Apple confirms acquiring flash maker Anobit

Anobit MSP flash controller

Apple has confirmed that it has acquired Israeli flash storage developer Anobit, with Apple spokesperson Steve Dowling confirmed the purchase to Bloomberg but did not go into any detail—including the price Apple paid for the company.

Flash storage is central to Apple’s iPhone, iPad, and iPod product lines, and is an increasingly critical component for its Macintosh computers as flash-based SSD drives jump into the mainstream: Apple’s MacBook Air product line has been built around SSDs for years, and SSDs are now available as options on a wide range of Apple computers. Anobit isn’t a leading flash manufacturer—the company is fabless, meaning it doesn’t have manufacturing facilites of its own. Rather, Apple’s interest in Anobit is all about Anobit’s technology: the company develops flash memory controllers incorporating proprietary signal processing to improve the lifetime, performance, and power consumption of flash memory. Apple has been using Anobit-designed flash memory in its devices for years; the acquisition brings in a large team of chip designers, could potentially give Apple a lock on some of the highest-quality flash technology on the planet, and enable Apple to design flash storage with capabilities specific to Apple devices—in much the same way Apple built its own A4 and A5 processors for its iPad and iPhone products.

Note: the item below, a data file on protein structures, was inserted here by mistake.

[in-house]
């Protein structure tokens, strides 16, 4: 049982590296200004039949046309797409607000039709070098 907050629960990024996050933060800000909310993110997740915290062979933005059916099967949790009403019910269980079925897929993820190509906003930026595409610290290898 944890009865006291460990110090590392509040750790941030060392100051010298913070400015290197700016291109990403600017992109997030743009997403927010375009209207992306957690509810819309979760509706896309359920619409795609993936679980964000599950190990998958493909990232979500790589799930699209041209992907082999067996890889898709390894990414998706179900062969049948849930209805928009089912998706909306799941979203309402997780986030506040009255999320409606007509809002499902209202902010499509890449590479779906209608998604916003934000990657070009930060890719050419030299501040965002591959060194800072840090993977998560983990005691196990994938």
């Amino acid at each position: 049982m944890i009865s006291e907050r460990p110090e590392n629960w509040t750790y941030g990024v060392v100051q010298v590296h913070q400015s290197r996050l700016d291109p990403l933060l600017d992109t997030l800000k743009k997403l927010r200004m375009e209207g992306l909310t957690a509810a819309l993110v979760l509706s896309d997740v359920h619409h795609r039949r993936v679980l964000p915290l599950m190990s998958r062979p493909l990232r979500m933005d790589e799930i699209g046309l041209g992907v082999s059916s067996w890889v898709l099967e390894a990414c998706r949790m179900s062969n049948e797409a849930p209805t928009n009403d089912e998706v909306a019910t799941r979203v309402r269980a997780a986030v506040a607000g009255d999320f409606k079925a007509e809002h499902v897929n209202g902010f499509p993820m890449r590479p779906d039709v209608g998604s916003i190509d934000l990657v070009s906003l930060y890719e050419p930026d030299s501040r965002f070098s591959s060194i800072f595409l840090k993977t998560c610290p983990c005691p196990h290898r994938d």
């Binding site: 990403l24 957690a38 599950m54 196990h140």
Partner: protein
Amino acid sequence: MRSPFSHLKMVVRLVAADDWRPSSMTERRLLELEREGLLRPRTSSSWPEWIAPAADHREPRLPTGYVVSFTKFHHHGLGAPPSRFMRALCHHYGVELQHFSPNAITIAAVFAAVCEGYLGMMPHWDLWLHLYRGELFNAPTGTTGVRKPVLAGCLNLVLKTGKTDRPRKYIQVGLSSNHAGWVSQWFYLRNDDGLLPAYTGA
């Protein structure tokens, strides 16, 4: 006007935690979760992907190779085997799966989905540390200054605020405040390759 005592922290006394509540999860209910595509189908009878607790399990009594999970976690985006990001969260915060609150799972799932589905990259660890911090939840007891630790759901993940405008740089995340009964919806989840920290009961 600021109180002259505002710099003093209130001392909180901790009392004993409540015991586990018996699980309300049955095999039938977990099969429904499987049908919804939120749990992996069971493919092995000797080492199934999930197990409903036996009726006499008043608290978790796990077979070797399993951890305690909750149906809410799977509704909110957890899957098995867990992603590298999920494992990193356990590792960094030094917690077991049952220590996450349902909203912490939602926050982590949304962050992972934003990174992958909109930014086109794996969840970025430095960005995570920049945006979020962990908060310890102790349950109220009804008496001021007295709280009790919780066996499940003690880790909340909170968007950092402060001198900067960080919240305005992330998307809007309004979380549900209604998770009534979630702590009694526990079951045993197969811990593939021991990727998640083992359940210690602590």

Anobit also sells storage solutions aimed at data centers and enterprise; Apple may be eying Anobit technology as a useful leg up in for its iCloud servers, which Apple built a massive new datacenter to support.

The Israeli paper Cacalist initially reported the deal in December, claiming the deal was in the $400 to $500 million range. Apple has not revealed the financial terms of the acquisition; however, if the deal were that large it would be the company’s largest acquisition since it bought NeXT for $404 million in 1997—and brought Steve Jobs back to the company.

Apple also acquired chipmaker PA Semi back in 2008 (which served to fuel development of Apple’s A4 and A5 processors.

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